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Shoeing the Stars

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NEVER MIND THAT MADONNA, Sharon Stone and Michael Jackson love his loafers or that designers including John Galliano and Anna Sui are loyal fans. Shoe designer Patrick Cox revels in raw numbers. Standing in his stylish London flat, he holds up one of his wildly popular Wannabe loafers—of which 110,000 pairs were sold last year—and calls out a gleeful “Ch-ching!” Ask about his five factories in Italy, and he grows giddy. “I love talking in lira because suddenly everything is in billions,” he says. “I’m a billionaire! It sounds so good!”

Cox can afford to kid himself. In his 12 years in England, the 32-year-old Canadian expatriate has built a mini-empire around the Wannabe—a chunky, square-toed, unisex loafer (priced from $125 to $175) that comes in 60 variations, from basic black leather to pink mock-croc. Tom Cruise and Nicole Kidman recently had 10 pairs of Wannabes—known as much for their comfort as style—delivered to their hotel room in Paris. And Princess Di, upon meeting Cox during London’s spring fashion shows last year, glanced at the white patent Wannabes on his feet and giggled, “They are nice, aren’t they?”

In London, Paris and New York City, customers crowd Cox’s boutiques to snatch up Wannabes along with boots, mules and stilettos. “Patrick’s shoes are larger than life,” raves Nicola Jeal, editor of British Elle. “People would rather save up to have a pair of his shoes than splurge on a whole outfit.”

It wasn’t until late in his peripatetic childhood that Cox considered a career in fashion. Born in Edmonton, Alta., he moved to Nigeria at the age of 2 when his father, Terry, a linguist, took a job with an international development agency. But when Cox was 9, his parents separated, and Patrick and his brother Edward, now 34 and a dentist in Ottawa, moved back to a suburb of Edmonton with their mother, Maureen, a former ballet instructor. Bored with suburban life, Cox immersed himself in his favorite subjects at school: physics, chemistry, biology and math. “I had no interest in anything artistic,” he says.

Not until his junior year in high school, when he began working as a salesman at a trendy clothing store to make extra money, did Cox discover that he had some style sense. Chucking his goal of becoming a doctor, he headed for Toronto’s fashion scene after graduation. Following two months of menial work in a chic hair salon, he started working with Loucas Kleanthous, a high-fashion Canadian designer. Soon, Kleanthous found himself in need of shoes for a runway show and asked Cox to help. “We bought little lace-up canvas shoes in Chinatown and customized them,” Cox says. “I made boots to the knee, or whatever I thought worked.” Recognizing Cox’s talent, Kleanthous persuaded him to enroll in 1983 at Cordwainers Technical College in London, known for its classes in saddlery, leather goods and footwear. Once there, Cox’s ambitions were ignited. “I was the only Thatcherite in the whole school,” he says. “Everybody was like, ‘Okay, this kid is into making some money.’ ”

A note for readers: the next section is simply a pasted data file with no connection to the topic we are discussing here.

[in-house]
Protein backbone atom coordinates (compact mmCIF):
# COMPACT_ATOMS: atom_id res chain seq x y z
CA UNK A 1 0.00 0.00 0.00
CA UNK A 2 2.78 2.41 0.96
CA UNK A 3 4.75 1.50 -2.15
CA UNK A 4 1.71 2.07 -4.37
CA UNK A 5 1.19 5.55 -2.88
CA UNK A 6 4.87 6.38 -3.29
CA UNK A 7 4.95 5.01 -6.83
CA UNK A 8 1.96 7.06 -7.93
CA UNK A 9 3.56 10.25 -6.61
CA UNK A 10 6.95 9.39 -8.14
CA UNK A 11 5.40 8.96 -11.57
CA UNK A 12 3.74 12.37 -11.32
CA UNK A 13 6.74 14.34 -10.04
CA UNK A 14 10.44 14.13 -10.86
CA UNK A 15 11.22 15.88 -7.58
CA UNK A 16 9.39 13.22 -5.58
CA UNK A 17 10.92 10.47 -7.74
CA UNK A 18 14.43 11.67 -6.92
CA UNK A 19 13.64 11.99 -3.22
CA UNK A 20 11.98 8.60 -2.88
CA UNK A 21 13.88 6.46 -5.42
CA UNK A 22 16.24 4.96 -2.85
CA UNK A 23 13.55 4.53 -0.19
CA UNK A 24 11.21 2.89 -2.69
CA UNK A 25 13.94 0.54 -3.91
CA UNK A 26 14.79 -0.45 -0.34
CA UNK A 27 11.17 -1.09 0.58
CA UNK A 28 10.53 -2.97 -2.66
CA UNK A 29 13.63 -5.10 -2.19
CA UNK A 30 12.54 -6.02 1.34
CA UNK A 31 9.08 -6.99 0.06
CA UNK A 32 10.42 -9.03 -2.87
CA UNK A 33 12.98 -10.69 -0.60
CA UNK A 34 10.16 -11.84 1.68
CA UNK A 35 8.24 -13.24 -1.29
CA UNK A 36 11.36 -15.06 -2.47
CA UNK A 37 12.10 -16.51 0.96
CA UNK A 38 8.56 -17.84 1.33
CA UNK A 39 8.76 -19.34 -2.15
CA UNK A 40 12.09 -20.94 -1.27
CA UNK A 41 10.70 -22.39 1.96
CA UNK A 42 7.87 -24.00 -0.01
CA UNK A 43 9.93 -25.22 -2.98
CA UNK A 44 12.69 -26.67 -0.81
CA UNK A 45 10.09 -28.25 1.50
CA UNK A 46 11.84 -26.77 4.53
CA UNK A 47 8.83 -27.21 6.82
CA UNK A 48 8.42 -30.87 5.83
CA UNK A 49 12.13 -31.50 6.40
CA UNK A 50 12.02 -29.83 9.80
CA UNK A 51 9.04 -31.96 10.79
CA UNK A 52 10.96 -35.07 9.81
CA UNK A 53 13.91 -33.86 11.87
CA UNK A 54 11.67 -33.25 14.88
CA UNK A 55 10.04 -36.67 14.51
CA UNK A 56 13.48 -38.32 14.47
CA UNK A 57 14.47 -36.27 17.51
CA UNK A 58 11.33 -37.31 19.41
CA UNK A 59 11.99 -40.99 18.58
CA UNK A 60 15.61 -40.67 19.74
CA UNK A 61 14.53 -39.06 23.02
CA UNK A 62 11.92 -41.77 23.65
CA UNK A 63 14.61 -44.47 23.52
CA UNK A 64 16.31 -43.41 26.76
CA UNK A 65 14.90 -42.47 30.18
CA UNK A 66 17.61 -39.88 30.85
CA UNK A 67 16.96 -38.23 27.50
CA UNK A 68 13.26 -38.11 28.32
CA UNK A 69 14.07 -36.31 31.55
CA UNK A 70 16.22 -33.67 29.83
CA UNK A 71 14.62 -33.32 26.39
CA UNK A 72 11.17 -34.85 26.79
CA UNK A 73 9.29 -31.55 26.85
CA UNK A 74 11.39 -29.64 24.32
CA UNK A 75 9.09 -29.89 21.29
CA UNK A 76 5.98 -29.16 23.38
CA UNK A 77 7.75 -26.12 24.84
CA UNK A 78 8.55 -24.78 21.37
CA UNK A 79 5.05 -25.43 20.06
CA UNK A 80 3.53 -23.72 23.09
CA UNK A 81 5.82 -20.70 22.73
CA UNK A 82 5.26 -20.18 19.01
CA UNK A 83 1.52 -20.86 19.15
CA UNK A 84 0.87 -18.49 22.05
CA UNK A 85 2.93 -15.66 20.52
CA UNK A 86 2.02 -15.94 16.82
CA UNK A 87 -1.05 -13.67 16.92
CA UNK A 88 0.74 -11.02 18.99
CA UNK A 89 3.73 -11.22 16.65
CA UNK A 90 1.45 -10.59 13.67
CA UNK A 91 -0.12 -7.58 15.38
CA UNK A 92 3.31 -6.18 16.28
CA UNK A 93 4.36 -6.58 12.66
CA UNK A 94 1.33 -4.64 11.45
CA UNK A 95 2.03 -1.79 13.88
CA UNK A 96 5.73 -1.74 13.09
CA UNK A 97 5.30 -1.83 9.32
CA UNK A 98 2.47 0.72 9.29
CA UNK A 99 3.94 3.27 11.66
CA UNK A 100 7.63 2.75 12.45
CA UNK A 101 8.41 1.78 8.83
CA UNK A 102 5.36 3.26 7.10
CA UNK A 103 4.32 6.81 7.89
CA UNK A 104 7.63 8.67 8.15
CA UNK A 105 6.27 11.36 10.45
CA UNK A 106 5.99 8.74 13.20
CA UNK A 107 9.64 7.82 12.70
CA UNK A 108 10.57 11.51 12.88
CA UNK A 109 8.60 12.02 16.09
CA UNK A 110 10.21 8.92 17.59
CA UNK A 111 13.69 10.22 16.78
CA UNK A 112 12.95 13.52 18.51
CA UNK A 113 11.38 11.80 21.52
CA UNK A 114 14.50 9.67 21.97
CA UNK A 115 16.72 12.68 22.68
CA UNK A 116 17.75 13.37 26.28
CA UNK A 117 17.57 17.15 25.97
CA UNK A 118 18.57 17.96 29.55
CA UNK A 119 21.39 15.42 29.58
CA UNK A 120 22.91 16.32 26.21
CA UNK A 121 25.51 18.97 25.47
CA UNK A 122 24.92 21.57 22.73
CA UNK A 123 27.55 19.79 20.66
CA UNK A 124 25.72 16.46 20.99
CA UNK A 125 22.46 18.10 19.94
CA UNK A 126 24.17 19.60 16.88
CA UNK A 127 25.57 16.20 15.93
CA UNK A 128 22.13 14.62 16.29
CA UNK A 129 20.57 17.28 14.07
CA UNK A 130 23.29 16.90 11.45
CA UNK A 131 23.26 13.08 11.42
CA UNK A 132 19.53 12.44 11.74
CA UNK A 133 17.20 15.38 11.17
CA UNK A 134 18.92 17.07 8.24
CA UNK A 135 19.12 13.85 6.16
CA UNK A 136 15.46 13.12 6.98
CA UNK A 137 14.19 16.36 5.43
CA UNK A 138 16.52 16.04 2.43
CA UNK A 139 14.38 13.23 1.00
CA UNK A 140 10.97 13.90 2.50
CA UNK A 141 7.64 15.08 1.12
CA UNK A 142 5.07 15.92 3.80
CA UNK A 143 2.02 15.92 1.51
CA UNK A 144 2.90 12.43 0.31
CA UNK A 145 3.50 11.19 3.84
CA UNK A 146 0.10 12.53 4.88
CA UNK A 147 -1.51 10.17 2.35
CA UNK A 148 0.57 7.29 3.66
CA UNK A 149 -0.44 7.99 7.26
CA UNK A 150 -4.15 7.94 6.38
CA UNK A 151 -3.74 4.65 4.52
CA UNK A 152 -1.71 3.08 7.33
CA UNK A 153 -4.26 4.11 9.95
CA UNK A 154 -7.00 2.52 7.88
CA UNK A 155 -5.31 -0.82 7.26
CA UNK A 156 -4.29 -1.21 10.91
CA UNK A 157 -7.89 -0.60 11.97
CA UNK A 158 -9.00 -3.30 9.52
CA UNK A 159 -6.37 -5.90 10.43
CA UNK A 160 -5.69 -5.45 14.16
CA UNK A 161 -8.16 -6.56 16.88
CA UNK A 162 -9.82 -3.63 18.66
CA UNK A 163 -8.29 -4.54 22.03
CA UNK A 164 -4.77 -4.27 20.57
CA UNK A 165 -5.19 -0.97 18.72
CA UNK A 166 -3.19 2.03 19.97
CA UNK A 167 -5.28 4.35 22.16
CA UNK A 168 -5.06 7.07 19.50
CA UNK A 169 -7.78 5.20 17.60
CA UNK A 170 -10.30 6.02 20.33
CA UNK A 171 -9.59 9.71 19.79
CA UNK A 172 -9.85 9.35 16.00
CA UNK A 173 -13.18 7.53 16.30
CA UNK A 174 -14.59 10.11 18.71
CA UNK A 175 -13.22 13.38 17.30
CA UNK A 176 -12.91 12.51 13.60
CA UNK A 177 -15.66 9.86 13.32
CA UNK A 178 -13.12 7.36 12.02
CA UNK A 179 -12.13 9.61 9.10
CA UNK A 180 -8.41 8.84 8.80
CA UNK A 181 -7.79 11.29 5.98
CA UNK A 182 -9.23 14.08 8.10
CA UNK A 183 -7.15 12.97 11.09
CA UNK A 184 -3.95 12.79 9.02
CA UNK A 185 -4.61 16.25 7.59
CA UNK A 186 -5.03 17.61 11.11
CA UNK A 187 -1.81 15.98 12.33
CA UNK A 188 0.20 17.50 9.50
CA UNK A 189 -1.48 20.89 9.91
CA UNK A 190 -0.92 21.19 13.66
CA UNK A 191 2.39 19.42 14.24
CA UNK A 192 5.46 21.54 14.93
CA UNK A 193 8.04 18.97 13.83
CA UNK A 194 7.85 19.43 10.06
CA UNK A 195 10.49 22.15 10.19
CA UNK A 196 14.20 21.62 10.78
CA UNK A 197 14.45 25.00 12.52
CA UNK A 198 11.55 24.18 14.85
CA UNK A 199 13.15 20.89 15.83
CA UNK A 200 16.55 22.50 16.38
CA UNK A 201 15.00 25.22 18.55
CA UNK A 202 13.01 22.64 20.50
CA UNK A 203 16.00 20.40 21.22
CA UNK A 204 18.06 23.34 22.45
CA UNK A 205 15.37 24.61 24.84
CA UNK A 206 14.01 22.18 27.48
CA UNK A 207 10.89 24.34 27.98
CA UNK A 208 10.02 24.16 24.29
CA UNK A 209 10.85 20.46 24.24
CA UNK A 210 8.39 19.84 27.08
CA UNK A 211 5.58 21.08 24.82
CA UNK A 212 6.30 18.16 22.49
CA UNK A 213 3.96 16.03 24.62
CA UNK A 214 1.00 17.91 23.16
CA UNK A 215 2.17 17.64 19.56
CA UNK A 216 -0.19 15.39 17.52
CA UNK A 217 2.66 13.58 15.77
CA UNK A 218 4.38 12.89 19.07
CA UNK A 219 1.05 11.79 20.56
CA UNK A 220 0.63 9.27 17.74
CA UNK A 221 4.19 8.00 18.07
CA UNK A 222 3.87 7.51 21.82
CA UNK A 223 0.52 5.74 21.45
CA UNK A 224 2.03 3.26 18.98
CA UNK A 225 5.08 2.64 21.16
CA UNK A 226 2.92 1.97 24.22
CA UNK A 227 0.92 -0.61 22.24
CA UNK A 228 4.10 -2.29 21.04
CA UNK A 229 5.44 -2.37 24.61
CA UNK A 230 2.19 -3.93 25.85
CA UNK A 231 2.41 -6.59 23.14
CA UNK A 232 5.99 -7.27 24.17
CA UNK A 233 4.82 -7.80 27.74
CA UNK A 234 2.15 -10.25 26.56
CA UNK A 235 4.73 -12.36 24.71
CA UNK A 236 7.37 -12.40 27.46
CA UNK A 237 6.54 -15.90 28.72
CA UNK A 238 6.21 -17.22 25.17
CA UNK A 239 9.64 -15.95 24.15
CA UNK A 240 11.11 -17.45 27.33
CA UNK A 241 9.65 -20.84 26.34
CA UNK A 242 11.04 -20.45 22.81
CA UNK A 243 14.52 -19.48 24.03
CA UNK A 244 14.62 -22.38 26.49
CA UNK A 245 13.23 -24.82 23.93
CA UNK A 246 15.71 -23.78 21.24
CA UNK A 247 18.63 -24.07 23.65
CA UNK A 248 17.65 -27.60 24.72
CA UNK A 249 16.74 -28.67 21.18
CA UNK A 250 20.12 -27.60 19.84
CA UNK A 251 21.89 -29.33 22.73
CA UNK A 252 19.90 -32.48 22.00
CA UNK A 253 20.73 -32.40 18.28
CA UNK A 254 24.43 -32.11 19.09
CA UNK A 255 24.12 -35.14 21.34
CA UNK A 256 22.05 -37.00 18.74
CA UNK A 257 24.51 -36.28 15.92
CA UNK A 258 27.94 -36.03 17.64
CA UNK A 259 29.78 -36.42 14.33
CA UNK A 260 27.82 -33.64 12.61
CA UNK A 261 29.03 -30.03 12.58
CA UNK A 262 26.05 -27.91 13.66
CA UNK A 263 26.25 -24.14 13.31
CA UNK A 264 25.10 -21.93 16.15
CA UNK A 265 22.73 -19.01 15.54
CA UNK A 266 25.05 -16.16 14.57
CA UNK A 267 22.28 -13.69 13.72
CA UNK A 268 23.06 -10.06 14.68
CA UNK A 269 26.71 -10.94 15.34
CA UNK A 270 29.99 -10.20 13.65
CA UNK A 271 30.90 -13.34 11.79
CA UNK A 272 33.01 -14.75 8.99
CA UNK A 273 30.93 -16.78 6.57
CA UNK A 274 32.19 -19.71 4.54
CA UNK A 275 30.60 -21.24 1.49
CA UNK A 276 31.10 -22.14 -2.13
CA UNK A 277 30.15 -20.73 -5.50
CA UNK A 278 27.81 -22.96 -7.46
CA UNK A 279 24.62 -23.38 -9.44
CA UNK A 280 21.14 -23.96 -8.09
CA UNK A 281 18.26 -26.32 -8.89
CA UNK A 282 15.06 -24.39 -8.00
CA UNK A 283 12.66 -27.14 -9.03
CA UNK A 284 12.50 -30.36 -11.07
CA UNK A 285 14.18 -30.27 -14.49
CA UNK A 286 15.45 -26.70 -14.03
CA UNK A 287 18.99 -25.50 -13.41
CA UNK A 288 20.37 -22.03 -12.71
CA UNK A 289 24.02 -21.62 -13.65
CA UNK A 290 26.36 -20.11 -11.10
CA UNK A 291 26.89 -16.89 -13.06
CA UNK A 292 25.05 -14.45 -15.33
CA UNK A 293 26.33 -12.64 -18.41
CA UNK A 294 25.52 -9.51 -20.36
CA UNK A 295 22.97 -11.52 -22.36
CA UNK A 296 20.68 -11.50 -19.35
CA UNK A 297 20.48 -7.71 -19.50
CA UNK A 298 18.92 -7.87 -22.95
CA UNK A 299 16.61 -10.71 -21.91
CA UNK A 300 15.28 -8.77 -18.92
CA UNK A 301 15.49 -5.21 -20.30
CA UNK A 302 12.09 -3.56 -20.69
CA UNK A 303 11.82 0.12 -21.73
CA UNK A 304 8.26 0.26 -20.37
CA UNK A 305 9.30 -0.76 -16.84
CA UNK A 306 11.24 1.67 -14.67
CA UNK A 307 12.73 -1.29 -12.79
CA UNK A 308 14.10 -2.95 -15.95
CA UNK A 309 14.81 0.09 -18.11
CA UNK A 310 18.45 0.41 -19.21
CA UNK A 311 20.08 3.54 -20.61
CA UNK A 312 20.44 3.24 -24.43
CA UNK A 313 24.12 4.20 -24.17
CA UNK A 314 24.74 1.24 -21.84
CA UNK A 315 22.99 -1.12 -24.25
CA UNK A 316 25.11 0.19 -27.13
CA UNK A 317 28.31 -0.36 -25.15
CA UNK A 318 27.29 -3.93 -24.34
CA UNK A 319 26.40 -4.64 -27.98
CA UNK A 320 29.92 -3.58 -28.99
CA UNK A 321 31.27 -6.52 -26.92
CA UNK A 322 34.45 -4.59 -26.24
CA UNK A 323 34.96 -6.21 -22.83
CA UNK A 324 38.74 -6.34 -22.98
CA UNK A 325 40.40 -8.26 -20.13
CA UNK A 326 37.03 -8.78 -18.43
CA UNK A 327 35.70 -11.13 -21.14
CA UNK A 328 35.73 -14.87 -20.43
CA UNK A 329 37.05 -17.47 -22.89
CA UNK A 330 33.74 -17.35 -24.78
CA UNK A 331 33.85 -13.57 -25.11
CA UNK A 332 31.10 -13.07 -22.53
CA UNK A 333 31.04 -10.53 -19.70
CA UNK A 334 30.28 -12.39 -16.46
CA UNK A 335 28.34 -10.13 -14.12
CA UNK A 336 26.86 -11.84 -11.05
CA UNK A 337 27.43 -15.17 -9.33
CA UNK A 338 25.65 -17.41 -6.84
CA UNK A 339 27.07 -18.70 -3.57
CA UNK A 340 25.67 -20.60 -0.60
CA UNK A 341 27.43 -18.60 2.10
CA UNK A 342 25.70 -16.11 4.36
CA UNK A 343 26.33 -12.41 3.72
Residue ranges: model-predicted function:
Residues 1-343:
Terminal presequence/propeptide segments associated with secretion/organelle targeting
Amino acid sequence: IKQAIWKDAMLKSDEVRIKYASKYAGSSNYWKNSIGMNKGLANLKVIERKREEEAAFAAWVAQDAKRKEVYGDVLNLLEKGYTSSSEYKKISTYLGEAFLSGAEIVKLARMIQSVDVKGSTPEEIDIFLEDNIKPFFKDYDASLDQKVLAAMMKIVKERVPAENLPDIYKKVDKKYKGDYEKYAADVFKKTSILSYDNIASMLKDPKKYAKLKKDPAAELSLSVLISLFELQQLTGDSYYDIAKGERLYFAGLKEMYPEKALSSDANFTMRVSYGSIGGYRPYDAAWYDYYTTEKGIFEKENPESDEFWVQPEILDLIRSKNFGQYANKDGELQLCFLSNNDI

And he started doing that almost immediately. In February 1984, while sharing a flat with the assistant to avant-garde designer Vivienne Westwood, Cox was soon recommended to Westwood as a last-minute shoemaker for her upcoming show. His gold platforms were a hit, and other designers, including Galliano and Alistair Blair, began clamoring to work with the newcomer. “By the time I came out of college,” Cox says with a laugh, “I was fabulous.”

Intent on autonomy, he launched his own collection the next year, only to see business sour by 1988. But instead of buckling under, Cox defied conventional wisdom and expanded, opening a store in London in 1991. It was an instant hit. “Everyone said I was insane,” says Cox, whose sales took off again when he launched the Wannabe two years later. “But, I thought, if I didn’t believe in my career, no one else would.”

Now living alone in London’s Notting Hill section in a spacious apartment lavishly appointed with 19th-century French antiques, Cox spends his free time with his journalist boyfriend of four years. Cox recently expanded again with a small clothing line for men and women. Still, it’s the ongoing popularity of the Wannabe, which makes up 80 percent of his sales, of which he’s proudest. When a slew of the inevitable Wannabe wannabes began hitting the market two years ago, he wasn’t distressed. “At first, you want to break people’s legs,” he says. “But as you get older, you realize it’s more of a problem if they’re not copying you.”